In the second instalment of a new article series from the SA Rugby magazine team, JON CARDINELLI reflects on a Vodacom Super Rugby match he will never forget.
The 2010 Super 14 final was special for so many reasons. At the time, South Africa was preparing for the Fifa World Cup and traditional venues, such as Loftus Versfeld, were not available for Super Rugby matches. As a result, the Bulls hosted the decider against the Stormers at the Orlando Stadium.
How would the locals respond when two of the biggest teams in world rugby visited the iconic football stadium in the heart of Soweto? My colleagues and I pondered this question and others as the media bus rolled toward the township.
The atmosphere started to build in the hours leading up to kick-off. It took some time to adjust to the noise inside the stadium, as the vuvuzelas blared and the multiracial crowd began to sing in the stands.
I was not prepared for what followed. The decibel level spiked when the contest began.
I shook my head as the writer seated to my right asked a question. It takes a lot to drown out the booming voice of Gavin Rich. ‘What was that penalty for?’ he screamed into my ear.
The majority of the crowd supported the Bulls. They cheered whenever the ‘home side’ won a high ball or repelled a Stormers attack. They danced and sang when the team in blue scored. When the Stormers received a chance to shoot for goal, they blasted their vuvuzelas in an attempt to put kicker Peter Grant off.
It was a mad and brilliant atmosphere. And on the field of play, the Bulls delivered one of the great tactical performances.
The forwards met the challenge of their Stormers counterparts. They won the big moments and provided the platform for their backs to implement a well-known and highly effective gameplan.
Fourie du Preez and Morne Steyn were at their best on that occasion. Even now, some 10 years later, coaches may be inclined to show their charges footage of the great Bulls halfbacks in an attempt to illustrate how one can control a big contest via a accurate tactical-kicking performance.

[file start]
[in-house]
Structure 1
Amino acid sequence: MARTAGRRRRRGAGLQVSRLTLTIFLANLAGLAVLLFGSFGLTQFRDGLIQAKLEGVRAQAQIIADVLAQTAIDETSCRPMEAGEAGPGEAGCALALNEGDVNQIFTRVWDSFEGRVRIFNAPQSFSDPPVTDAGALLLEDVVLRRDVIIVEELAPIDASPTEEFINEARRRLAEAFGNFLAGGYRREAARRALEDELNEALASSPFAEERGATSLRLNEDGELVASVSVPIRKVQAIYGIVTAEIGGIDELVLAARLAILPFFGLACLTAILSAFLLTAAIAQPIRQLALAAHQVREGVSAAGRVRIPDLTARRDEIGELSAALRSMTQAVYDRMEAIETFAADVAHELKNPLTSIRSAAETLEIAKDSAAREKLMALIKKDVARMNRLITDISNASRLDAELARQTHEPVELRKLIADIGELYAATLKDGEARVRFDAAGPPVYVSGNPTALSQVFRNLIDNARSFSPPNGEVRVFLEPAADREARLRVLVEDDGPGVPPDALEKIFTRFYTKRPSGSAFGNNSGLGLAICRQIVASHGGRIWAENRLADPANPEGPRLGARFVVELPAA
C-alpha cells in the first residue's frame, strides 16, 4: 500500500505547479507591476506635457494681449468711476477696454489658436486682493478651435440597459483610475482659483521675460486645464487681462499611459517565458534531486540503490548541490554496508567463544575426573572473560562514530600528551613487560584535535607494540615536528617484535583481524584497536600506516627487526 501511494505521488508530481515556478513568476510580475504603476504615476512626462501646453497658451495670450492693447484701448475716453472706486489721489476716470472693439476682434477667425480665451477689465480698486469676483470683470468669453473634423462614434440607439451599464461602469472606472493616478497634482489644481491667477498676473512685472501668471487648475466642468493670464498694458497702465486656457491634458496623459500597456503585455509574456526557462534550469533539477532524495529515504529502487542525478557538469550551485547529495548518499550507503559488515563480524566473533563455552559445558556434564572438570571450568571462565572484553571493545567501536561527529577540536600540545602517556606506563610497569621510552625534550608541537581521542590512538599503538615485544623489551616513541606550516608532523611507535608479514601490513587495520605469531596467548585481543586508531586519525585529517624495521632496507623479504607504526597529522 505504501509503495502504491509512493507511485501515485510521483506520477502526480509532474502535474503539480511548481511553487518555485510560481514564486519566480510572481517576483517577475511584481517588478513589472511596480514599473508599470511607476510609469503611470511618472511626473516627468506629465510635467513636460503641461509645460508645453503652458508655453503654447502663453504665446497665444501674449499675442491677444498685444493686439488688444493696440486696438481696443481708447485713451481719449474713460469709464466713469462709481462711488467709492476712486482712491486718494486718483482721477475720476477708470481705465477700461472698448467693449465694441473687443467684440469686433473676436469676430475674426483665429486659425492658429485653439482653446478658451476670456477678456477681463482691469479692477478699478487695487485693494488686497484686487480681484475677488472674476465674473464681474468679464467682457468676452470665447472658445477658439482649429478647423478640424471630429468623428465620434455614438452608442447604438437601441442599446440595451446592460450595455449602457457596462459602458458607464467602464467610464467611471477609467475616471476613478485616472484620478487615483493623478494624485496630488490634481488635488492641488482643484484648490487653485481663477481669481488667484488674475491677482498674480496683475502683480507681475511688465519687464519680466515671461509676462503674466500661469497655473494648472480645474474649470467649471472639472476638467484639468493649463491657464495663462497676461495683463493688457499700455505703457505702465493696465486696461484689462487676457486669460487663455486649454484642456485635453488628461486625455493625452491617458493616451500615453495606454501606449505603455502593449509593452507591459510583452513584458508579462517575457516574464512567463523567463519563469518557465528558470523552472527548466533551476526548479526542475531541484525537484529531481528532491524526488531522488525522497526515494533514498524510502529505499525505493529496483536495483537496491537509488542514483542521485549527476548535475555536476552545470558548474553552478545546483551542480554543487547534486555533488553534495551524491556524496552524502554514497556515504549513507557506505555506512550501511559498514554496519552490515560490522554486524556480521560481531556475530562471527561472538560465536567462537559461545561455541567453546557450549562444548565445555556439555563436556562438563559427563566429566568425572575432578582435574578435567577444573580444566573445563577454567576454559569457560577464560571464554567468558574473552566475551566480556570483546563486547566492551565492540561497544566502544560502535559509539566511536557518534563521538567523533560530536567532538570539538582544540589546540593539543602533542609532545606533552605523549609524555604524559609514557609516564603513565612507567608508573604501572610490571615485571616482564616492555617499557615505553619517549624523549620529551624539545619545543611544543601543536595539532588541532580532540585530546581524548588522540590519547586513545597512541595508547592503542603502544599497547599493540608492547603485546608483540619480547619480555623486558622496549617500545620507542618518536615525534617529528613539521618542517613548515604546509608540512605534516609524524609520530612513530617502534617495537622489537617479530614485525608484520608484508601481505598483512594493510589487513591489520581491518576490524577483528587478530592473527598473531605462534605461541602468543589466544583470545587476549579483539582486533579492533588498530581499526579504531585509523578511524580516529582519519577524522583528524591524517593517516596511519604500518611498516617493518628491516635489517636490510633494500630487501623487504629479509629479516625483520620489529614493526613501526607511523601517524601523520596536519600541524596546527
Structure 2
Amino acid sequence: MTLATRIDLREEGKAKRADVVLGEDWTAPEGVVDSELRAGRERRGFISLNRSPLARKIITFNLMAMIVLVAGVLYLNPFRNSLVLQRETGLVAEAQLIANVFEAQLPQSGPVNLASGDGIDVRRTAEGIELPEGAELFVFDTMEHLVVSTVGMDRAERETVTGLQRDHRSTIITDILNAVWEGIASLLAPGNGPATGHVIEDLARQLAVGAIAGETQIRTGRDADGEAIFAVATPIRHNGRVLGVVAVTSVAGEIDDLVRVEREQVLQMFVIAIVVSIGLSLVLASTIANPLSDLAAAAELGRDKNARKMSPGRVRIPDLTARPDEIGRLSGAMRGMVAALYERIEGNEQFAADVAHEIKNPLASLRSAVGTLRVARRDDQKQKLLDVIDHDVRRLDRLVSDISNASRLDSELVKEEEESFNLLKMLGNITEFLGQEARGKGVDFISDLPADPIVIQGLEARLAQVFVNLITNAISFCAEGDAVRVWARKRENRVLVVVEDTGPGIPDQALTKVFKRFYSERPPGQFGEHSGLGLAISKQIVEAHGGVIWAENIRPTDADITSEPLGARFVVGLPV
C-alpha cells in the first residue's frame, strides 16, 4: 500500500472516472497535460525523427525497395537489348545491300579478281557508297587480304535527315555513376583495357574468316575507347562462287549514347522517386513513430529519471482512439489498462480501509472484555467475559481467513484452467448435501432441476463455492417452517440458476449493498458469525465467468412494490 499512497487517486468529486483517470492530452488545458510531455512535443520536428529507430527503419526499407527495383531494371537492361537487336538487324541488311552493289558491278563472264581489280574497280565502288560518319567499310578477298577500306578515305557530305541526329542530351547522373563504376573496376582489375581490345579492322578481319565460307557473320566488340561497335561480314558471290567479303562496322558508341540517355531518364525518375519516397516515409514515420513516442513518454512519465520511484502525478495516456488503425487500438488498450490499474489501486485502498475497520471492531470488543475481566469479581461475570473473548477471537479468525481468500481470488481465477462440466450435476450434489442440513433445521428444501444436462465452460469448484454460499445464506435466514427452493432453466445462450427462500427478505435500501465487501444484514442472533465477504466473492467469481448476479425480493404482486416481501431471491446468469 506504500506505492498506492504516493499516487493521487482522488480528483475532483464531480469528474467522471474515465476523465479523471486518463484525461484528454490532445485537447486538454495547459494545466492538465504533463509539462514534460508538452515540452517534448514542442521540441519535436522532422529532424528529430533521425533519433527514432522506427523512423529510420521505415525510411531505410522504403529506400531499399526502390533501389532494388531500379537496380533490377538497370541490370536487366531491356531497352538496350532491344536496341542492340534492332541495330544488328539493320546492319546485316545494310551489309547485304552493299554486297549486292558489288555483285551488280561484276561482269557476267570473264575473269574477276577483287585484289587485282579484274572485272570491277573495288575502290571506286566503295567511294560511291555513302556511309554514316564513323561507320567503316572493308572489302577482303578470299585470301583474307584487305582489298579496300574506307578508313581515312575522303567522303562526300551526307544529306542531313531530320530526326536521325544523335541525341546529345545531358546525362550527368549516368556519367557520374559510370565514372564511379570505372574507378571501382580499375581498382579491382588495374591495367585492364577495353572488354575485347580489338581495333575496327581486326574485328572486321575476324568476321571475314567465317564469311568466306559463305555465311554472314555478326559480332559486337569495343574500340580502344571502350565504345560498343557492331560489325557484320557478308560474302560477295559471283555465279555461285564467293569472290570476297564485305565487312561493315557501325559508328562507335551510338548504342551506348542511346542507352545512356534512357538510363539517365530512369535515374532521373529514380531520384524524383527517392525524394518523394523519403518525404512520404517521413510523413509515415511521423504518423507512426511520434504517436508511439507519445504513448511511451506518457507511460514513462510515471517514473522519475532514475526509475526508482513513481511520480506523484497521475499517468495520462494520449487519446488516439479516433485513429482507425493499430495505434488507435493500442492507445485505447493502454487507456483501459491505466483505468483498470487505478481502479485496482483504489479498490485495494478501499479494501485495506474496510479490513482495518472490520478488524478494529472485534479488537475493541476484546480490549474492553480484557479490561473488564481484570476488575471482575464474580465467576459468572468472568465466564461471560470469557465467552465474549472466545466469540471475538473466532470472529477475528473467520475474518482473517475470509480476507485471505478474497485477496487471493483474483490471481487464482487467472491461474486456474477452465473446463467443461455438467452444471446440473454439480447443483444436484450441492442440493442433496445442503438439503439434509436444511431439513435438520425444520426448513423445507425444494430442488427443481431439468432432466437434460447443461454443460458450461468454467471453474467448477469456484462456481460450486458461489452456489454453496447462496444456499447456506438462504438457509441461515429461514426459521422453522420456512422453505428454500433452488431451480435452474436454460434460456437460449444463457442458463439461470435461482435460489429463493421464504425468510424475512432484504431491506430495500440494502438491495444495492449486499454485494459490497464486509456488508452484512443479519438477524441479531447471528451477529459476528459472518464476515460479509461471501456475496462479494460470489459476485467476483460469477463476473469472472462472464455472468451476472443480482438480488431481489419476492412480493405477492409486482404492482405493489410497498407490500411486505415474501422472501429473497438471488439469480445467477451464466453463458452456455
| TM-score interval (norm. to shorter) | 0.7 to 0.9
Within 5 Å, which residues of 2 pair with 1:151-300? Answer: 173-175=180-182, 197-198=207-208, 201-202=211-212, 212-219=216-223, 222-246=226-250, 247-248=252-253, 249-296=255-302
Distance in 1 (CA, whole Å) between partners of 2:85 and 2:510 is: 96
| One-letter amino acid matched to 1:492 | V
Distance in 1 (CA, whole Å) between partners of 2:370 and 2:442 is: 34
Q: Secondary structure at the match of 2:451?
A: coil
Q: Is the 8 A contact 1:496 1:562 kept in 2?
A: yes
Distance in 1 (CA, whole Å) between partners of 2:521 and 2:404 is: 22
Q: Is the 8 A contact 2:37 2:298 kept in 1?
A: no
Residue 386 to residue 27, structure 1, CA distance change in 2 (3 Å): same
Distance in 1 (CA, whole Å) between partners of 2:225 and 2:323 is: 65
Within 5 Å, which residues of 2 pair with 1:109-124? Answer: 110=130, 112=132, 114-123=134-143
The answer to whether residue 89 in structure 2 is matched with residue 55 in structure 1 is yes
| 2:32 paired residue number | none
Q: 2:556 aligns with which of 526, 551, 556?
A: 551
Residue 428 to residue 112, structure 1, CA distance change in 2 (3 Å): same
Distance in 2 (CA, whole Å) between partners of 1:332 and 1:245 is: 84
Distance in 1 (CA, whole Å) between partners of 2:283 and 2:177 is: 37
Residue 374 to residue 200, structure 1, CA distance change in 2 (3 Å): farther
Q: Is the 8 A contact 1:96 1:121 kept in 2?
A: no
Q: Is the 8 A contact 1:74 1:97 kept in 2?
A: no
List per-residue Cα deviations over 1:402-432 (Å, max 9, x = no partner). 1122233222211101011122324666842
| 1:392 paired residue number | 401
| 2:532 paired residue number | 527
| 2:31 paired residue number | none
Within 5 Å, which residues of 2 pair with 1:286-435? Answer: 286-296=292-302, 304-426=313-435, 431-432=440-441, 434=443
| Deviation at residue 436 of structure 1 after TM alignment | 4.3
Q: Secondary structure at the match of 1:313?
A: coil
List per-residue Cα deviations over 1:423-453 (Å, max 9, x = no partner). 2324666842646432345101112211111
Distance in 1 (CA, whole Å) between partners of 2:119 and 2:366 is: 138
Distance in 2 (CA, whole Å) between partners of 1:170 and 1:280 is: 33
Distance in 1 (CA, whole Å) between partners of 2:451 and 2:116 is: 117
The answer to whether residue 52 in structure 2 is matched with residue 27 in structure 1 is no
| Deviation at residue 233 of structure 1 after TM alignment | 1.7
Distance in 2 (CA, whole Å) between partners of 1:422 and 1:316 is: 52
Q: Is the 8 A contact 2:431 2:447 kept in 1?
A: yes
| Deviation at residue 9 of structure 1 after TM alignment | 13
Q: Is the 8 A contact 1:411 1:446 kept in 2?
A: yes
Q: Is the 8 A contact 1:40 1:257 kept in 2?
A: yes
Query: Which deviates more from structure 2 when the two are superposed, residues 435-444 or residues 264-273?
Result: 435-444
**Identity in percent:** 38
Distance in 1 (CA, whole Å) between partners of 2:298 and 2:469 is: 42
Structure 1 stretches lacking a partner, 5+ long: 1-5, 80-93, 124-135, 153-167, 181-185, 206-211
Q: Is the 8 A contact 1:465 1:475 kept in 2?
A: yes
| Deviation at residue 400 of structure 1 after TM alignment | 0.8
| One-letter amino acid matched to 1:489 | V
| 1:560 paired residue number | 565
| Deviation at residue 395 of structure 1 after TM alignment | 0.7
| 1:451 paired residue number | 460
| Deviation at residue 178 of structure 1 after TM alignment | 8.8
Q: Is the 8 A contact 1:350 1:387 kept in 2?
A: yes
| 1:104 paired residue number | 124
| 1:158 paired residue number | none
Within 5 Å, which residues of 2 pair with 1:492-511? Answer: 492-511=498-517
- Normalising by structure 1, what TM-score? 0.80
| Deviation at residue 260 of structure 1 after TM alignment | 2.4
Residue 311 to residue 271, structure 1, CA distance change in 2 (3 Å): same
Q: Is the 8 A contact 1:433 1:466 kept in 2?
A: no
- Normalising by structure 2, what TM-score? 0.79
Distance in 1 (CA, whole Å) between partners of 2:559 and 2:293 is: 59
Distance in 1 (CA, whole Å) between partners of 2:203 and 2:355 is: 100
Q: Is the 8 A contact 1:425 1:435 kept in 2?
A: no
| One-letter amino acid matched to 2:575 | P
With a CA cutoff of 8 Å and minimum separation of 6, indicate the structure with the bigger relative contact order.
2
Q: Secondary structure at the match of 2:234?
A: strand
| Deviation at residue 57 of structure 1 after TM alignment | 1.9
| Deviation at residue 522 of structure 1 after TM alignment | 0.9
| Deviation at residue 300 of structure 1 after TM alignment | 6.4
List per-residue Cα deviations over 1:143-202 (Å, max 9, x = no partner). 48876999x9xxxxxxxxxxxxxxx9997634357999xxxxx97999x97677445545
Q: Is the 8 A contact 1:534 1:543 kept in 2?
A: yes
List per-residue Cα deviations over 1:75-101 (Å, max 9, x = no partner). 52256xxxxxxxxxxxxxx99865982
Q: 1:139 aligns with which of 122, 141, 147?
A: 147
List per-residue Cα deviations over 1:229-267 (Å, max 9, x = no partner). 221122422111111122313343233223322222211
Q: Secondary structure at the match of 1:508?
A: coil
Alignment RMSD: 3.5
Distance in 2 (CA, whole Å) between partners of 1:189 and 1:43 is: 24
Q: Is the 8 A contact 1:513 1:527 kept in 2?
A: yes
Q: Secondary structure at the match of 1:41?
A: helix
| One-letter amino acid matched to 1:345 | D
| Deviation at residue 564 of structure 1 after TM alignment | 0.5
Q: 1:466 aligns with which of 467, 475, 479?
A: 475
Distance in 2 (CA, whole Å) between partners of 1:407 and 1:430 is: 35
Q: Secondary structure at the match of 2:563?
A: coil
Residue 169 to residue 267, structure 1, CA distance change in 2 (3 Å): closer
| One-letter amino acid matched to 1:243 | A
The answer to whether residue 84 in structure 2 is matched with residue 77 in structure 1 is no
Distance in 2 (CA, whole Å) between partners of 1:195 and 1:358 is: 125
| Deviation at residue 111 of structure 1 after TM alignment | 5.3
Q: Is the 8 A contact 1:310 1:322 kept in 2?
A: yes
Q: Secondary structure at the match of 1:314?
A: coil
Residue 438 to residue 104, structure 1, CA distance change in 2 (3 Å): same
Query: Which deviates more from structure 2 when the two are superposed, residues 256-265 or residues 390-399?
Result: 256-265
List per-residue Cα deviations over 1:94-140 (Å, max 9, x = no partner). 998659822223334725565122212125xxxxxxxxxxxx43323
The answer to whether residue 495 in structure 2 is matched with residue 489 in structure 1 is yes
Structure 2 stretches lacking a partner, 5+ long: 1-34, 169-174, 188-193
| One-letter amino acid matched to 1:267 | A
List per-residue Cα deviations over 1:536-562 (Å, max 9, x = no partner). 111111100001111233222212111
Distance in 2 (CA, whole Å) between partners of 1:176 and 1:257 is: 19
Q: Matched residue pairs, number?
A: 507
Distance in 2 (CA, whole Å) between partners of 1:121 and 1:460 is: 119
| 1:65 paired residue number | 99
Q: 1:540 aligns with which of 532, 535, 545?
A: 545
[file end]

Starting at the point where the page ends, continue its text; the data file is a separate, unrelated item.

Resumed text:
A few of the romantics complained later, but for the purists, it was an absolute delight.
Du Preez’s impact in other areas was significant. The Springbok scrumhalf showcased his sublime vision and execution when he put Francois Hougaard away for a try in the 25th minute.
The Bulls were up 9-0 at that stage. Zane Kirchner carried the ball down the left-hand side. Hougaard – who served as an excellent wing for the Bulls that season – was forced to clean at the subsequent ruck. The ball was recycled and Du Preez hit Pierre Spies on the open side, and the No 8 went on to repel a couple of defenders before being brought to ground.
Meanwhile, Hougaard had arced round from the blindside. He prepared to take a short ball from Du Preez at the next phase.
Du Preez was evidently awake to the opportunity. The Stormers failed to defend the area around the ruck, and a gap was left between the two locks. From a standing start, Hougaard exploded on to Du Preez’s pass.
The fans rose to their feet as the Bulls wing surged into open space. Hougaard had one man to beat and, in the end, you had to feel sorry for Joe Pietersen. Hougaard danced around the Stormers fullback, who could only dive despairingly to his left.
Hougaard launched his body six feet into the air for his trademark splashdown finish. Steyn converted the try to ensure that the Bulls stretched their lead to 16-0.
The Stormers fought back to add some respectability to the scoreline. The game ended 25-17 in the Bulls’ favour, and while there were a few complaints down in Cape Town about referee Craig Joubert’s decisions, most agreed that Frans Ludeke’s charges were full value as Super 14 champions.
It was a privilege to witness the Bulls when they were at the peak of their powers. The result marked the Bulls’ third Super Rugby title in four years.
A joke was made at the post-match media conference which suggested that the Bulls could not get any better. It proved to be prophetic, as the Pretoria-based side battled to qualify for the playoffs in subsequent years, let alone push for a fourth title.
I asked Stormers coach Allister Coetzee where his team had fallen short. The scoreline suggested the game was close, but the reality was that the Stormers, with their inferior kicking game, were never in control.
Coetzee admitted that the franchise had to develop their kicking game and attack in future seasons. Unfortunately, it became a familiar refrain when the Stormers bombed out of the playoffs in 2011, 2012 and 2015.
To this day, the Stormers are still searching for a halfback pairing that can control a contest.
Photo: Duif du Toit/Gallo Images